Top 15 Creepiest Movie Theories That Make Sense

Top 15 Creepiest Movie Theories That Make Sense

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Before we get started, these theories may contain spoilers. 15. Willy Wonka is a Serial Killer Charlie and the Chocolate Factory was a beloved novel and movie for children and adults alike. Of course, as should be expected, a dark theory was brewed by several fans that Willy Wonka was actually a depraved serial killer. The theory states that Wonka, after having lived decades in solitude, grew mad over time. He was also livid about his competitors going such great lengths to spy on his recipes and ideas. As a result of betrayal and madness, Wonka orchestrated a complex plan to kill children in the community, as a form of revenge. Wonka purposefully led each child to the horrible accidents they experienced by paying close attention to their personalities and downfalls. This was how the Oompa Loompas had a planned song for every accident, despite it allegedly happening out of the blue. Furthermore, Wonka knew from the beginning that Charlie would be the only one to not
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completely break his trust. After he exacted his revenge he planned to pass along his dark and devious chocolate empire to Charlie, to carry on his legacy of both murder and candy making. This is clearly a bit of a stretch, but seeing some darker moments of Gene Wilders portrayal of the questionable Candy King gives this eerie theory a bit of validity. 14. Inception This layered trip of a film has countless theories floating around all over the web. One of the more popular theories, though, comes from the cliff hanging scene that the movie ends on. For those that have seen the flick, you know that when venturing into dreamland, Cobb uses a totem to confirm he is actually dreaming. This same totem is used in the real world to help Cobb keep a grip on reality and assure he hasn’t died in a dream. Throughout the entire film we are made to believe that Cobb's totem is a spinning top. If he is awake the top eventually stops spinning and falls over, but in a dream it just continues to spin until he stops it.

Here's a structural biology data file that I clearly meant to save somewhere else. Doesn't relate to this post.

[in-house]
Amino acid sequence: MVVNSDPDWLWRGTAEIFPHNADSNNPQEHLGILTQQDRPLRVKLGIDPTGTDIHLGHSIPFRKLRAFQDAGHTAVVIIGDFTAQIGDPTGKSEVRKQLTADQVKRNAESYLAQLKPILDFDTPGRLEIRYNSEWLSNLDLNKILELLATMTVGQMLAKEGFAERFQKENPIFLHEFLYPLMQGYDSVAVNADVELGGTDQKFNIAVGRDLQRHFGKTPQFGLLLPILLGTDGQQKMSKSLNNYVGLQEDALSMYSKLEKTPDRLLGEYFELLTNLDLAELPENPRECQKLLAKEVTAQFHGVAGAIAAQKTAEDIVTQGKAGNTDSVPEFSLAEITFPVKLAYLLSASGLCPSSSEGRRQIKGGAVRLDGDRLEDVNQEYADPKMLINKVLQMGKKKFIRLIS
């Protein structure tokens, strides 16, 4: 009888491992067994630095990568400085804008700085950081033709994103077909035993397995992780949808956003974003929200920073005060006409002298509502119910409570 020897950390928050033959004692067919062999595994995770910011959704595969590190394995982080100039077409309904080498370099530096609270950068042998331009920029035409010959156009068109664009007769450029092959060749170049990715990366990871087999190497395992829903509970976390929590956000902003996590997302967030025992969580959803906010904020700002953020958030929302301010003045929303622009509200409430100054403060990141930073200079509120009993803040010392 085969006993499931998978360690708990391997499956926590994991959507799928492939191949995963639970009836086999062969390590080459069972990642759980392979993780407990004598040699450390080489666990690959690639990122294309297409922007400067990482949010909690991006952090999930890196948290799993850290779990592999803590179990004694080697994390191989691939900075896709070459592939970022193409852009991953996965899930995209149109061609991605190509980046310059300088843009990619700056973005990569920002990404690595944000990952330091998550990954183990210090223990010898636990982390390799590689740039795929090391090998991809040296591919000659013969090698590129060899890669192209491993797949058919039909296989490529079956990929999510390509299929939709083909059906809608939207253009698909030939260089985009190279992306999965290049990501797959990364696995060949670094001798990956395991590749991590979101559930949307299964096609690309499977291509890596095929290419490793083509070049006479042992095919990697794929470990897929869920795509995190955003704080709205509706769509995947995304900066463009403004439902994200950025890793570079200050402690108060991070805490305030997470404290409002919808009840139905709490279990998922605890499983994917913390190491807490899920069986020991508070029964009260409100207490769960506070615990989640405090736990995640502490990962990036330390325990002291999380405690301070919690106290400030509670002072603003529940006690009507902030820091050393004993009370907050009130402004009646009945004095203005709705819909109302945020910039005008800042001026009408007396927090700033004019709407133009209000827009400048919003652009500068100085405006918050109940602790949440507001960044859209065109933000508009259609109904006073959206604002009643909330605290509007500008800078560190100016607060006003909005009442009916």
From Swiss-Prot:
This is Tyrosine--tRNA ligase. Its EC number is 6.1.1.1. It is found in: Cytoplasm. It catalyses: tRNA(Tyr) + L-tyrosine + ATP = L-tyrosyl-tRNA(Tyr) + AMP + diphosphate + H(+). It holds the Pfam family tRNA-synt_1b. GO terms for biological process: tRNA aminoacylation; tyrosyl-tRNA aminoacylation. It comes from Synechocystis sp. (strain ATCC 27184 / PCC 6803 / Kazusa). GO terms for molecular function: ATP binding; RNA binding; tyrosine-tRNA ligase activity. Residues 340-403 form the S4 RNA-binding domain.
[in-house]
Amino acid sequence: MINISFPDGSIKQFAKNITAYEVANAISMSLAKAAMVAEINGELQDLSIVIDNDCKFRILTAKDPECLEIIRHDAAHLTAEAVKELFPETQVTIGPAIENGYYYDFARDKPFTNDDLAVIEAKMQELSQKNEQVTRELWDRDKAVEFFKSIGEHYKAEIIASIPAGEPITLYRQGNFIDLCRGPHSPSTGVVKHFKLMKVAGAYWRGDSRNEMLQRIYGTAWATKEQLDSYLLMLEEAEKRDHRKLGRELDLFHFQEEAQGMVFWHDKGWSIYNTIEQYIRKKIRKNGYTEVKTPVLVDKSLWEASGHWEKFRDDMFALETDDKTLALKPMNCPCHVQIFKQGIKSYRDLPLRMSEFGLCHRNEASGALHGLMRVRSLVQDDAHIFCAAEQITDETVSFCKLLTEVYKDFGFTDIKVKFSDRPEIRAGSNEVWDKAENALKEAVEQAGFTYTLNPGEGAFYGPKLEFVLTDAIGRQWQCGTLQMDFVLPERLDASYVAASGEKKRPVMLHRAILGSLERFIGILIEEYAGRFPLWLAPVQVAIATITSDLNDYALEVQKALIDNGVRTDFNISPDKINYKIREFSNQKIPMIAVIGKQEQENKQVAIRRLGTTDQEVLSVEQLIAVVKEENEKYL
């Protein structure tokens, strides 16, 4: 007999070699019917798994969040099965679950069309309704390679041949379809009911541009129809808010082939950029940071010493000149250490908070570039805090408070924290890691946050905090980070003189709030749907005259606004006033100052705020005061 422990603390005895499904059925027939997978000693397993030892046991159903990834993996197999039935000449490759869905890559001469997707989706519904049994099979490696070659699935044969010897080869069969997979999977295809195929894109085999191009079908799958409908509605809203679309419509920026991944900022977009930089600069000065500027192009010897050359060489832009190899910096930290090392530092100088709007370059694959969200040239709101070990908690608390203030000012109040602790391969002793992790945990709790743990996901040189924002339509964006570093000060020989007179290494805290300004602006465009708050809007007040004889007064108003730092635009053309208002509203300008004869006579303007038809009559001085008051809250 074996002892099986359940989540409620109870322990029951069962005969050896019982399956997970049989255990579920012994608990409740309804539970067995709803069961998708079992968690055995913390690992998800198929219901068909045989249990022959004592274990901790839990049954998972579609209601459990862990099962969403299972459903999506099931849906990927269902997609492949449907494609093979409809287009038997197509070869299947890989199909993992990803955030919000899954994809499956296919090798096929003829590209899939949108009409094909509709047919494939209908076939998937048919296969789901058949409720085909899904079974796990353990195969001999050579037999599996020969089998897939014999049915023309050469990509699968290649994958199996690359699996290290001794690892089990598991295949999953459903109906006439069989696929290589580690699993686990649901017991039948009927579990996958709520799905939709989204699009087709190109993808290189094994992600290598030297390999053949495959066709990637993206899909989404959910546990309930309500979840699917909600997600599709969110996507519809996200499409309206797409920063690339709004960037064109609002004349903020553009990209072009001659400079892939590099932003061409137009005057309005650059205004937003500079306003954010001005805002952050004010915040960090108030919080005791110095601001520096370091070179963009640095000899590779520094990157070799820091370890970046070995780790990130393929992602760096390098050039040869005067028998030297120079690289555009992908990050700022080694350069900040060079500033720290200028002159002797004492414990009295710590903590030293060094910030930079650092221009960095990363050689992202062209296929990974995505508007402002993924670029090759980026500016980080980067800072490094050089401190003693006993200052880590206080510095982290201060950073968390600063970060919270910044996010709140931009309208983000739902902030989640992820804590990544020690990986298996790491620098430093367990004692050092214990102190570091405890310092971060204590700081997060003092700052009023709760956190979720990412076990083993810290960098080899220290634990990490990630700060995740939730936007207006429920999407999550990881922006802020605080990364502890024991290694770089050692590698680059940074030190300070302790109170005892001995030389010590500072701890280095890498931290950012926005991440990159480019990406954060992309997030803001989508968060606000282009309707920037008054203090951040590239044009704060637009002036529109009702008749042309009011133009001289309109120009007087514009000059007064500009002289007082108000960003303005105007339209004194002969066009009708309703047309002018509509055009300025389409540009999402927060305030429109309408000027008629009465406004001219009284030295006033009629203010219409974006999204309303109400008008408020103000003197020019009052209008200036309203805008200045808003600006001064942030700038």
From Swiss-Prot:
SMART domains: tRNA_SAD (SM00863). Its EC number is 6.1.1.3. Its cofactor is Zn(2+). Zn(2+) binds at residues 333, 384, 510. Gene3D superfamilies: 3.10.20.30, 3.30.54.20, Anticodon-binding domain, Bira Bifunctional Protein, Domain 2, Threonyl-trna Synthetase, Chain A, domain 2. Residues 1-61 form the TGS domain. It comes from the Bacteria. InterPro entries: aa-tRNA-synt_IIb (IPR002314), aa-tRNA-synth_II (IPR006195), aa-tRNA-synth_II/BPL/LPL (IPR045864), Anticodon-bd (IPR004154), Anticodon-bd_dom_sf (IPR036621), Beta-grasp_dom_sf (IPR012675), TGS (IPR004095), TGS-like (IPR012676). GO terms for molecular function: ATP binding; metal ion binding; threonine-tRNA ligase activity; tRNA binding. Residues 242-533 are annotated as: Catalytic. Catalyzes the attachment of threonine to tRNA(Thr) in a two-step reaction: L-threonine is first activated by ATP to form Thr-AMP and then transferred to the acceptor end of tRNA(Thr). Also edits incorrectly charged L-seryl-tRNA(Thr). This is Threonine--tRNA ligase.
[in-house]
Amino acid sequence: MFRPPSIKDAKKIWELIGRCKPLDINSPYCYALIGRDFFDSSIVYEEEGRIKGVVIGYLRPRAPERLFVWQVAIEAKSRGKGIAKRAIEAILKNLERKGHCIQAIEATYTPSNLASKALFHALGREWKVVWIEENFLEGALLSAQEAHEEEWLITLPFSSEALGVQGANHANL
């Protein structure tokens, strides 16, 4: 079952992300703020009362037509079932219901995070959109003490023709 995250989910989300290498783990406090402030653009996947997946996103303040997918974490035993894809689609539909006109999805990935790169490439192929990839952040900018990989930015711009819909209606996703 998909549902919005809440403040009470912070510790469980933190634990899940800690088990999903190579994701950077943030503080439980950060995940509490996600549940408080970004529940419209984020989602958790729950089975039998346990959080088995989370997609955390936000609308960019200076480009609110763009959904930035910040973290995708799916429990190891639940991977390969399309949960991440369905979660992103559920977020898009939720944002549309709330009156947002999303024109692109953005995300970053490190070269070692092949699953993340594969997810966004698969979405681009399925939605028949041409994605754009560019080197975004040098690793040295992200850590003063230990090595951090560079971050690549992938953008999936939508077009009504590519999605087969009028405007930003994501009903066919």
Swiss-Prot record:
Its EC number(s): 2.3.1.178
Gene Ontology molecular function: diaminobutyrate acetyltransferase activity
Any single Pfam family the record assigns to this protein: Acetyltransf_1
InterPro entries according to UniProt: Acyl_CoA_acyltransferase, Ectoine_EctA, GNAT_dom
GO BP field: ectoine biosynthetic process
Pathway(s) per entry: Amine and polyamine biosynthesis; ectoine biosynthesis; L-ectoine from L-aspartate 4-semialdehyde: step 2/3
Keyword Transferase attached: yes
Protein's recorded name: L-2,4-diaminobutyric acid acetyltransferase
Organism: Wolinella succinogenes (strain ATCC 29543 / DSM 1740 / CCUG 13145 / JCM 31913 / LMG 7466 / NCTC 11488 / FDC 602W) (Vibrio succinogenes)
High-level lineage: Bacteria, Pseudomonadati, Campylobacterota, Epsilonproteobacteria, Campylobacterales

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At the end of the movie, as Cobb questions if he is awake, alive, dreaming, dead or in some sick limbo - he spins the totem on a table. The camera zooms into the top but the film ends just before it stops spinning. Viewers are left wondering if it ever stopped or if Cobb was in a dreamstate. This ending sparked a lot of conversation, and theories around Cobbs fate. However, an opposing theory actually suggests that Cobb's totem wasn’t the top at all, it was his wedding ring. In the real world, Cobb doesn’t wear his wedding ring. He does wear it when in dreams, though. He even seems to fidget with the ring when unsure of his surroundings. At the end of the film, as Cobb spins the top you can clearly see he is wearing his